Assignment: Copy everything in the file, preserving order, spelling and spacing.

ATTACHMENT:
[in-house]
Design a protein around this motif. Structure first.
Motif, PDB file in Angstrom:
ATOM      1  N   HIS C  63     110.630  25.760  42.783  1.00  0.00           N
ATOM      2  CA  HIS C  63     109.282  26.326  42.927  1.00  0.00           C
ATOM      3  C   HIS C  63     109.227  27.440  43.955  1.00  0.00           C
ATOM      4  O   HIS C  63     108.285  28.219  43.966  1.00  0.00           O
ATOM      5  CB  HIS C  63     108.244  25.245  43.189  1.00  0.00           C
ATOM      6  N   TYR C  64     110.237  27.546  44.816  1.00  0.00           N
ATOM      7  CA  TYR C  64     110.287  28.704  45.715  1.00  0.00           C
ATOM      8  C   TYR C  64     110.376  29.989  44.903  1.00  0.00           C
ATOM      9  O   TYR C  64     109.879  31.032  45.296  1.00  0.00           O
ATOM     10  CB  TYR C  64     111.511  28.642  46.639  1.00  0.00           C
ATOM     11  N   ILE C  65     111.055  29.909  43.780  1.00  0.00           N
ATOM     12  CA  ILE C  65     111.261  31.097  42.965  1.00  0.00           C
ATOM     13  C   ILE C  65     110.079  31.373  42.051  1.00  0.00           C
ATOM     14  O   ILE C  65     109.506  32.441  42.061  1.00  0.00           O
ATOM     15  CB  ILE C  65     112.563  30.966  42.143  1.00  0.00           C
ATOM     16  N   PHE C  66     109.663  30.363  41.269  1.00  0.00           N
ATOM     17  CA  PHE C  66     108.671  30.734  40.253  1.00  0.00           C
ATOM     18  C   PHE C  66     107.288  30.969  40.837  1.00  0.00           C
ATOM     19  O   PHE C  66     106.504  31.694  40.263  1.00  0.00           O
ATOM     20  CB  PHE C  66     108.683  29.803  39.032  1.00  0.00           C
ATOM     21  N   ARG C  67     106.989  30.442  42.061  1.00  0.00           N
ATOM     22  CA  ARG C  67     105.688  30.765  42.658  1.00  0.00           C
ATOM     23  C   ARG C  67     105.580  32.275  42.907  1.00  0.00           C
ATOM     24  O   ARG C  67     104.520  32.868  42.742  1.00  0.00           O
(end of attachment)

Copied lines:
[in-house]
Design a protein around this motif. Structure first.
Motif, PDB file in Angstrom:
ATOM      1  N   HIS C  63     110.630  25.760  42.783  1.00  0.00           N
ATOM      2  CA  HIS C  63     109.282  26.326  42.927  1.00  0.00           C
ATOM      3  C   HIS C  63     109.227  27.440  43.955  1.00  0.00           C
ATOM      4  O   HIS C  63     108.285  28.219  43.966  1.00  0.00           O
ATOM      5  CB  HIS C  63     108.244  25.245  43.189  1.00  0.00           C
ATOM      6  N   TYR C  64     110.237  27.546  44.816  1.00  0.00           N
ATOM      7  CA  TYR C  64     110.287  28.704  45.715  1.00  0.00           C
ATOM      8  C   TYR C  64     110.376  29.989  44.903  1.00  0.00           C
ATOM      9  O   TYR C  64     109.879  31.032  45.296  1.00  0.00           O
ATOM     10  CB  TYR C  64     111.511  28.642  46.639  1.00  0.00           C
ATOM     11  N   ILE C  65     111.055  29.909  43.780  1.00  0.00           N
ATOM     12  CA  ILE C  65     111.261  31.097  42.965  1.00  0.00           C
ATOM     13  C   ILE C  65     110.079  31.373  42.051  1.00  0.00           C
ATOM     14  O   ILE C  65     109.506  32.441  42.061  1.00  0.00           O
ATOM     15  CB  ILE C  65     112.563  30.966  42.143  1.00  0.00           C
ATOM     16  N   PHE C  66     109.663  30.363  41.269  1.00  0.00           N
ATOM     17  CA  PHE C  66     108.671  30.734  40.253  1.00  0.00           C
ATOM     18  C   PHE C  66     107.288  30.969  40.837  1.00  0.00           C
ATOM     19  O   PHE C  66     106.504  31.694  40.263  1.00  0.00           O
ATOM     20  CB  PHE C  66     108.683  29.803  39.032  1.00  0.00           C
ATOM     21  N   ARG C  67     106.989  30.442  42.061  1.00  0.00           N
ATOM     22  CA  ARG C  67     105.688  30.765  42.658  1.00  0.00           C
ATOM     23  C   ARG C  67     105.580  32.275  42.907  1.00  0.00           C
ATOM     24  O   ARG C  67     104.520  32.868  42.742  1.00  0.00           O